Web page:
Strand 2 (a.k.a: The Freedom strand): The choices born out of the lack of rigidness offers plethora of opportunities and freedom for personal growth (and the religions too). If I don't resonate with something, I can always find something else in the religion that I resonate with and carry out my every day activities and life. It does not make me guilty. With that burden not hovering over me, I am able conduct my life the way I perceive to be the best. Cherry picking is not always bad. I pick what I consider the best and leave the things that I don't like. I do not need to be qualified, I do not need to have master Vedic or Classical Sanskrit, I do not need to have read all the scriptures, I do not have to visit temples and perform rituals. Well I can do so, but I can also not do so. I like what I practice and the freedom.

Strand 3 (a.k.a The Understanding strand): Once I started reading some of the English translations of the scriptures and commentaries, it begins to dawn upon me the magnificent thinking capacity of the ancestors. Each read of a text enthralls and fascinate me, even if I don't grasp all that is being said. The amount and quality of thoughts presented increases my respect towards the people involved. The cocktail of secular and religious offerings showcases some of the best aspects of the ancient culture and people. I like what I understand (which is only the tip of the iceberg).

Now, the three strands weave together to form a string to the religion - Hinduism. They nourish and nurture one another. It is not necessary to have all the three strands. Some have just one or all the three; and the strength of the strands depend on the individual. I have the freedom to conduct my life without having to understand or bonding. I can bond without having to understand. I can seek to understand without practicing or bonding. Sometimes my understanding increases the bonding.

From the emotional point of view, anything that seeks to ridicule or tarnish Hinduism is a threat.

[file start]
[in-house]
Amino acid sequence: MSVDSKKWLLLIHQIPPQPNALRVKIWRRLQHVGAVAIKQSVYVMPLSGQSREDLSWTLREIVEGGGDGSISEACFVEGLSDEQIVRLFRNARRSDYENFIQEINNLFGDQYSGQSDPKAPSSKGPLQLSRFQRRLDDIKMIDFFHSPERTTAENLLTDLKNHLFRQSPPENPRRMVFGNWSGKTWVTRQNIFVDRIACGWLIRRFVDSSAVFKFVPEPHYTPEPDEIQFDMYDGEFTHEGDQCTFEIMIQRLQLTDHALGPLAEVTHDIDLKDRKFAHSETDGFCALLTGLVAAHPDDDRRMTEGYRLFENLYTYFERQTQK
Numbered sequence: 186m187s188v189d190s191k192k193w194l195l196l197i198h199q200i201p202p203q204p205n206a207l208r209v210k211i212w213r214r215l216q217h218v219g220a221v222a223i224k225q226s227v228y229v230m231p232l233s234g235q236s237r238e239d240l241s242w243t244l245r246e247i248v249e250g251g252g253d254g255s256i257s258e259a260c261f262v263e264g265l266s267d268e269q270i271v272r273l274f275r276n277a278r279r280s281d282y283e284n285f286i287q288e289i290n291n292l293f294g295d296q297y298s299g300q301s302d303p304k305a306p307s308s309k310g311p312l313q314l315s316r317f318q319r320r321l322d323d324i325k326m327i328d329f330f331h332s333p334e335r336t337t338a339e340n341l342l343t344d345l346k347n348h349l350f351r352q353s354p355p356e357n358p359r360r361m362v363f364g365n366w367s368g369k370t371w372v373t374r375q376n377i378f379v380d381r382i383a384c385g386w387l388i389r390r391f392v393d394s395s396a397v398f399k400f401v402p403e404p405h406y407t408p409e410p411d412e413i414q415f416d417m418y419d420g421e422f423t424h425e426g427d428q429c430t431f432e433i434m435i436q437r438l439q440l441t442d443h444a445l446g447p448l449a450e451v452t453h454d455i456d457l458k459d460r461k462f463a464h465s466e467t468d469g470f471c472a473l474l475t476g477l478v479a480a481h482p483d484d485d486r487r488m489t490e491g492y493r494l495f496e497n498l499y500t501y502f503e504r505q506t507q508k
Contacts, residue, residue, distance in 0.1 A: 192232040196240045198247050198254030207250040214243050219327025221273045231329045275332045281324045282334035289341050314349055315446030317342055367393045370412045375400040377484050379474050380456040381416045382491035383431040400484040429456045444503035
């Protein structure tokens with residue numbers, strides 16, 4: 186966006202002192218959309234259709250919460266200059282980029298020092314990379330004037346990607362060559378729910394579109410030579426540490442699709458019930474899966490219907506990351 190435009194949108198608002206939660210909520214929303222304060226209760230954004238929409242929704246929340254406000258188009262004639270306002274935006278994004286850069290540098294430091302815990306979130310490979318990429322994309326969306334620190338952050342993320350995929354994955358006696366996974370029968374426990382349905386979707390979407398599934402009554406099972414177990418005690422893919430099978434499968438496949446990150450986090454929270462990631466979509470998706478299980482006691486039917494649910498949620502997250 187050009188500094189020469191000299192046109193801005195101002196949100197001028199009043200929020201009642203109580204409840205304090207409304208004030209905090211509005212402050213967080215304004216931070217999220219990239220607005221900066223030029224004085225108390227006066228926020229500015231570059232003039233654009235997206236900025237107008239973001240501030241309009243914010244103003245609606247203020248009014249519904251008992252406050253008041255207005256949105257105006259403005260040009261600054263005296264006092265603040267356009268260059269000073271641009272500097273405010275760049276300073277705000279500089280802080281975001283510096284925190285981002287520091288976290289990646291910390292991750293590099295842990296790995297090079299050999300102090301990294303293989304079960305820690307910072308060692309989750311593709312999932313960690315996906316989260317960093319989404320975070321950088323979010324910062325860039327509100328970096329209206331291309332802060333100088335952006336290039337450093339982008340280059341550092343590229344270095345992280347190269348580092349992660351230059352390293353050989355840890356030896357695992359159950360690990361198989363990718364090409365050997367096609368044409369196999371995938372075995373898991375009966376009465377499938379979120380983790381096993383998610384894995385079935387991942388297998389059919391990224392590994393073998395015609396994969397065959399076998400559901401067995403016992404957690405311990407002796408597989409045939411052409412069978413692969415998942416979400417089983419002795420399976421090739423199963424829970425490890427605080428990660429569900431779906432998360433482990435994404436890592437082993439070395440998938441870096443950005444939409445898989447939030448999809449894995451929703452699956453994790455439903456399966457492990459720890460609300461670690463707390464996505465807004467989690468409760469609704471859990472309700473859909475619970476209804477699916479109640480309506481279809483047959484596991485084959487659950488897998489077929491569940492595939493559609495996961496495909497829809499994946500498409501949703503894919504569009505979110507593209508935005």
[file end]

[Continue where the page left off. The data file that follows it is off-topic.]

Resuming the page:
From the choice point of view, anything that seeks to reduce the choice by introducing rigidity in way of life is a threat.
From the understanding point of view, anything that seeks to undermine or disconnect us from the vast and rich thoughts is a threat.

So what I would like to protect? The connection to an entity that offers a sense of belonging, freedom and great knowledge.

ps:
Now you realize why I don't post and just lurk. My mind is still cluttered :( .

shiv
BRF Oldie
Posts: 34982
Joined: 01 Jan 1970 05:30
Location: Pindliyon ka Gooda

Postby shiv » 31 Mar 2007 10:41

Alok_N wrote:I seriously regret posting something about person A, B, C ... they were not meant to be "groups of society", just an allegorical example to make a point ... :(


Point taken and I will try and discourage further misinterpretation of your /temp folder content.

But a thought that occurred to me is what does a person who has realized the absolute truth do with his worldly existence after the event.

It turns out that many of those who have been there/done that (we have to take their word for it) end up saying and talking "good" things that are positive and helpful and seem to have knowledge, force and "pull" that makes their words heavy with wisdom.

Could the same people turn out to be harmful to human society? Or just bystanders who do nothing, good or bad.

It is possible I guess.

Would it ever be possible for a person who has realized the absolute truth to reason as follows:

"The only way humans of this world can stop having misery is for to conform to x rules (say Islam). Once everyone is there, they will be on the path to realization of the absolute. I will guide them from there"

If this can happen, the status, belief or action of a person who realizes the absolute need not be in consonance with the idea of "saving Hindu dharma".

Having people of any particular group or belief or state of mind is of no consequence to preserving Hindu dharma. All that is required is the intent to define what is "Hindu" and to act to preserve it.

Am I right or am I wrong? If wrong, why am I wrong.

Alok_N
BRFite
Posts: 608
Joined: 30 Jul 2004 19:32
Location: Hidden Gauge Sector

Postby Alok_N » 31 Mar 2007 10:56

TSJones wrote:Oh yer just jealous cuz you couldn't sell the idea of absolute zero to a crowd of tribals with malaria. :lol:


oh, the idea was selling well, until one "tribal dude" asked, "please show us an example of absolute zero" ...

I had to apologize thusly, "TSJ is busy and can't be shown at short notice" ...
:)

pradeepe
BRFite
Posts: 741
Joined: 27 Aug 2006 20:46
Location: Our culture is different and we cannot live together - who said that?